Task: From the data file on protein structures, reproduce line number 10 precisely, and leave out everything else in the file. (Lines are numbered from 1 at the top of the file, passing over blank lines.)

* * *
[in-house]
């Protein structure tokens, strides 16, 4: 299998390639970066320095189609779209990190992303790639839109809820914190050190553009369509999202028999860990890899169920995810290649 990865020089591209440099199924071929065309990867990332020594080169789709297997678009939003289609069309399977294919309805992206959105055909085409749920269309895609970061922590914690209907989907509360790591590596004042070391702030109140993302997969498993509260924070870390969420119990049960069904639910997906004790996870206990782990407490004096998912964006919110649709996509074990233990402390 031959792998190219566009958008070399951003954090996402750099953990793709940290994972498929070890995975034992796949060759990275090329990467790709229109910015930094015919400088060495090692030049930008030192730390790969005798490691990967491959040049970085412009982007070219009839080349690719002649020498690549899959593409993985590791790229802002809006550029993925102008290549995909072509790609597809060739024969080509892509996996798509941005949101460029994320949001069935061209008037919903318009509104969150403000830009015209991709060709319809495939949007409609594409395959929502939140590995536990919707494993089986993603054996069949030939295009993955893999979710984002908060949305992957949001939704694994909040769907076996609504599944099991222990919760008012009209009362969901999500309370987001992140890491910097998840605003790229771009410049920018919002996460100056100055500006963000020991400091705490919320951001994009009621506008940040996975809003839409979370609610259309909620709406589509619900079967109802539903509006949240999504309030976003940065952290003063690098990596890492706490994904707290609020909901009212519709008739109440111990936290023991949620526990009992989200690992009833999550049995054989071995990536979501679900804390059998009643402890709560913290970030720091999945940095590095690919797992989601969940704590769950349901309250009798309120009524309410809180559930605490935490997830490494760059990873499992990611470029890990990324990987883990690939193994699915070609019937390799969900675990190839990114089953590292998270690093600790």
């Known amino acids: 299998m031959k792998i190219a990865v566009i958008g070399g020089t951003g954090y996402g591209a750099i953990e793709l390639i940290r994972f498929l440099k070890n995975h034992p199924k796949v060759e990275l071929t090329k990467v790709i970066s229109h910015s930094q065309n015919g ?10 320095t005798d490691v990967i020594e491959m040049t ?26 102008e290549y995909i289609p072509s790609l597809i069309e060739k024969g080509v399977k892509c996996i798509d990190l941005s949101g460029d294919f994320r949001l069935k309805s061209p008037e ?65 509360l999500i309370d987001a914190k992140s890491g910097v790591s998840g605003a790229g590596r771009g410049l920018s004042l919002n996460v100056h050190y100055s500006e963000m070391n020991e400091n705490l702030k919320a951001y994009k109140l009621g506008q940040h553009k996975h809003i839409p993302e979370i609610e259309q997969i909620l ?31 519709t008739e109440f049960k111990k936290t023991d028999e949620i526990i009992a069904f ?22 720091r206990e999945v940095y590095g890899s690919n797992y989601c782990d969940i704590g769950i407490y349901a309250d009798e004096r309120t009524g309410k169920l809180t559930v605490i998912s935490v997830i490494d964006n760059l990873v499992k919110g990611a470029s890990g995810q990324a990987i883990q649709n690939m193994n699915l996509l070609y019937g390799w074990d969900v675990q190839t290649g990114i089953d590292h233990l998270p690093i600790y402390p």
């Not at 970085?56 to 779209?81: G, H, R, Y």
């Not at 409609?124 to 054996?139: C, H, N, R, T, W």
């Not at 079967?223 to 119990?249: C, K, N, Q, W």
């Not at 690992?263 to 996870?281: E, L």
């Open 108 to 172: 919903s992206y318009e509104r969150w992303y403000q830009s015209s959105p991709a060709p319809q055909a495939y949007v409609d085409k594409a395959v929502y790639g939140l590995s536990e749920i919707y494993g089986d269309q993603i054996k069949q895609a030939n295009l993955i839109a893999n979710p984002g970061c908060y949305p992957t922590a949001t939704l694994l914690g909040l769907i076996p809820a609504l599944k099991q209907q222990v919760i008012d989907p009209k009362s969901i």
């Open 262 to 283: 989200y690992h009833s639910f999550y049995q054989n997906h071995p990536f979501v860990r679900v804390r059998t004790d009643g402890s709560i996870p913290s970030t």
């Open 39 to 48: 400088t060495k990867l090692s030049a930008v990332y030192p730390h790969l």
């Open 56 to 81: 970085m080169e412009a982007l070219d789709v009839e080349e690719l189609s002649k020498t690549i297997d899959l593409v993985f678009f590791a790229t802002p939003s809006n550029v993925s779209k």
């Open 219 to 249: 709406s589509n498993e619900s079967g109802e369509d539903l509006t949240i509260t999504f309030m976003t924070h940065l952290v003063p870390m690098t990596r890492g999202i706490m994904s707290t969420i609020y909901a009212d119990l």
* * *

């Open 39 to 48: 400088t060495k990867l090692s030049a930008v990332y030192p730390h790969l």